Girls of Dirt is Book One of Series Two of the Dirt Saga and picks up a full 500 years on from where the last book I read finished. Of course, Dragons live to well over a thousand years old, so there were plenty of recognisable Dragon characters from the previous story. This particular iteration of the tale involves two young girls, Silvi Farthing and Ferret. Well, I say young, but although Silvi is just seventeen, turning eighteen, Ferret, on the other hand, is an ancient and although she looks in her early twenties she is actually over five hundred years old.
For those unfamiliar with the Dirt saga, a long time ago, dragons and humans lived happily together as friends and equals. Dragons would help humans and vice-versa, not because they had to, but because they wanted to. Just as a new, "democratic" style of government was beginning to emerge, after some horrific wars, a terrible disease had ravaged the dragon population and the few survivors had flown far away across the world to where no humans and no disease existed. Dragons slowly, over time, became nothing more than folklore to the humans and by the time of Girls of Dirt, nobody believed they existed anymore.
In the five hundred years, Dirt had regressed and become like a Medieval European Feudal world, with cruel Kings, Barons, and Warlords ruling with an iron fist and keeping the populace scared and poor.
Two dragons, Be-Elin and Mab-Abin are determined to try to return Dirt to the world dreamed of by their original riders, Pree and Johnson Farthing, a world where dragons and people could again live side by side in trust and dignity and a world where people governed themselves and were not ruled by monarchs or despots. They choose Silvi and Ferret to be the instruments of change, along with them and so the adventure begins.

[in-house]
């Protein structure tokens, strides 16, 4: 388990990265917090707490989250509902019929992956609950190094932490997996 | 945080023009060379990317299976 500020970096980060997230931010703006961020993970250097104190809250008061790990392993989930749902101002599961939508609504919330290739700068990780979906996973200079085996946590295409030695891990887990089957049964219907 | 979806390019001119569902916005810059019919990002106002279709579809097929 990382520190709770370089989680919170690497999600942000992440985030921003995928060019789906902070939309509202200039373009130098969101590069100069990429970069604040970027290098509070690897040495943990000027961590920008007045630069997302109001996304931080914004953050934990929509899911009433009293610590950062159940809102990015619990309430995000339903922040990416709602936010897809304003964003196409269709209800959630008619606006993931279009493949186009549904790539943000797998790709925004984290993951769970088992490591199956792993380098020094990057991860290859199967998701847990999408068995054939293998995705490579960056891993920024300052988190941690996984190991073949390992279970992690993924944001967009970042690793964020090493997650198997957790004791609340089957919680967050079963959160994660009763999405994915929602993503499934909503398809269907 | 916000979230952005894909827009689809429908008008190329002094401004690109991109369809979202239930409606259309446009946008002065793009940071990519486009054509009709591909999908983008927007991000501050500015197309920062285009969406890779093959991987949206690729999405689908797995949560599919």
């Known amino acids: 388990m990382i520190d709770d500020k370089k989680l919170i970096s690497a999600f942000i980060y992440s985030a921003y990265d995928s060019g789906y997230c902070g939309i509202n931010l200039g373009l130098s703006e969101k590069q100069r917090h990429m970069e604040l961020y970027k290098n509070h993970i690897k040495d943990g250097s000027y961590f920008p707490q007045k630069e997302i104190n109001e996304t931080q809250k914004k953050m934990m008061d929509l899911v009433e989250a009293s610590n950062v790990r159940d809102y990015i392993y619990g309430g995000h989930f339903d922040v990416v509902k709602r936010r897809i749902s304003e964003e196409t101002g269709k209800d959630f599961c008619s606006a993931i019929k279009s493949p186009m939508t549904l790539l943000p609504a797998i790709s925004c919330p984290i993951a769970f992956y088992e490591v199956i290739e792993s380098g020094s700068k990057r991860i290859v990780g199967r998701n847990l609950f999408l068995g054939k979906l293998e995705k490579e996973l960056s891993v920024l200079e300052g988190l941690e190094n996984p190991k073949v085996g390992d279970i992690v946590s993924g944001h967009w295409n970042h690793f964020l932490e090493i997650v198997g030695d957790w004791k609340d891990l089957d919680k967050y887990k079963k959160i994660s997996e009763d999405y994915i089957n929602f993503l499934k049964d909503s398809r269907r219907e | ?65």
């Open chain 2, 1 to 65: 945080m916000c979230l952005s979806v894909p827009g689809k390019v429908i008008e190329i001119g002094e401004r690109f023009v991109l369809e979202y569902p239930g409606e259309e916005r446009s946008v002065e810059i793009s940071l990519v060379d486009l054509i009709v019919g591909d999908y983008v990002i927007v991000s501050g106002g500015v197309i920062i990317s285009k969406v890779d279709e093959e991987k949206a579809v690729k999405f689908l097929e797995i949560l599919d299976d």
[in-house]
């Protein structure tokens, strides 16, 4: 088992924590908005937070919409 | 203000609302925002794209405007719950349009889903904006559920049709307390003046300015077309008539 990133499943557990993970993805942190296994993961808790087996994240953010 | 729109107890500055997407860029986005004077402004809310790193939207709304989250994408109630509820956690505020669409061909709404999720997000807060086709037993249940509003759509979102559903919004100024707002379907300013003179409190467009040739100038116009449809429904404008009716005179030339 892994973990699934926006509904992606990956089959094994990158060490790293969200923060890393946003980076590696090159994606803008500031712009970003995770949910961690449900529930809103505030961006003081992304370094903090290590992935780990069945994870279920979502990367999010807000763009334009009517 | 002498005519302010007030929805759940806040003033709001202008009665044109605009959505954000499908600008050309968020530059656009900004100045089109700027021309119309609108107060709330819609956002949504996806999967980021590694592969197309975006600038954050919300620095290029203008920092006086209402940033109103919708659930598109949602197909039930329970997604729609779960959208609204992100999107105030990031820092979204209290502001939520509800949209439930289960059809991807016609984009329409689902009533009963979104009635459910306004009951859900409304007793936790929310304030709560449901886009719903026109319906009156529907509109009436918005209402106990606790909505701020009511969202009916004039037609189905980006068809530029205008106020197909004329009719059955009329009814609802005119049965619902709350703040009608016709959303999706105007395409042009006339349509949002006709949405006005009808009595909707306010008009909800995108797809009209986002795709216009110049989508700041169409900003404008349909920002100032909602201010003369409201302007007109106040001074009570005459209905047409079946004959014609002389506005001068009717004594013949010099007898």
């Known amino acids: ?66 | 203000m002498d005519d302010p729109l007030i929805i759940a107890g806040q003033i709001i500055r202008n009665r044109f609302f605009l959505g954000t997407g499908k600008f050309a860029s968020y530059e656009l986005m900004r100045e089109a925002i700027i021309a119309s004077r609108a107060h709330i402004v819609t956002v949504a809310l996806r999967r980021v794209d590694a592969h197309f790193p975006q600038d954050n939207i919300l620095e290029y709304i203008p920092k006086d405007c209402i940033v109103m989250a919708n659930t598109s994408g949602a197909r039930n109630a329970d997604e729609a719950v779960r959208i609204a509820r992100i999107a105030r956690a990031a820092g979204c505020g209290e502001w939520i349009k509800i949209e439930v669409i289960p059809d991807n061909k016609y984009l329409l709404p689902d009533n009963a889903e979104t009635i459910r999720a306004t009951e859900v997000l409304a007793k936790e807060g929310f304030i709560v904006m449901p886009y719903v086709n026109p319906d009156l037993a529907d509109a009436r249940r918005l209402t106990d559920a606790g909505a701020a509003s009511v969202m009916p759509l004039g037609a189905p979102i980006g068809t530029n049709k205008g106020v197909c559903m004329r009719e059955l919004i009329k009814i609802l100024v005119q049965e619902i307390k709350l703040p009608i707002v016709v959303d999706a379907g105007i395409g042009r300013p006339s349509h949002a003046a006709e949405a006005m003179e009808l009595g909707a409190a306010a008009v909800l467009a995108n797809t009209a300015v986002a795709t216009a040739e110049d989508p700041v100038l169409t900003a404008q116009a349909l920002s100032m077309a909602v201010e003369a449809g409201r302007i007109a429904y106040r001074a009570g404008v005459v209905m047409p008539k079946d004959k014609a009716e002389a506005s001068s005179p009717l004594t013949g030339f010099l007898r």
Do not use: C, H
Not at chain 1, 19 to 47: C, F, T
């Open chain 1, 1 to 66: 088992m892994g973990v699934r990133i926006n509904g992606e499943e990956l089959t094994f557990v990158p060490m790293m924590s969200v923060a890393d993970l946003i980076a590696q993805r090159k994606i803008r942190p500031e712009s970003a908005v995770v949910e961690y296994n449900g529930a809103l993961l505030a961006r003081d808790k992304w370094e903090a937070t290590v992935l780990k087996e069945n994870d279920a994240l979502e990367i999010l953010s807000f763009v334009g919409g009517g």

I Do enjoy the world that Hogan has created in the dirt series. He has managed to imbue his dragons with real emotions, real feelings and wicked senses of humour. I also am a big fan of the values he tries to pass on through his stories; friendship, love, tolerance and the dignity of humanity and dragons.
The Dirt stories are always good, rollicking adventures, with a ton of action and a twisting, turning plotline. The only negative I had from this particular book was that frequently the changes in perspective in the story were not always clearly delineated. There was more than one occasion when I thought I was still reading about Silvi and Be-Alin when in fact the perspective had changed to Ferret and Mab-Abin. It didn't detract from the story too much and I loved the read. It is a good, solid, suitable length for an epic-fantasy and leads perfectly on to Book two in Series two of Dirt.
This is a wonderful series and I can highly recommend it to fantasy and especially dragon lovers everywhere. Hogan will make you look at dragons in a whole new light. Read the series from Series one, book one, if you can, because it definitely does follow a specific timeline.
A great read and it won't be as long, I'm sure before I venture into another Hogan, Dirt classic.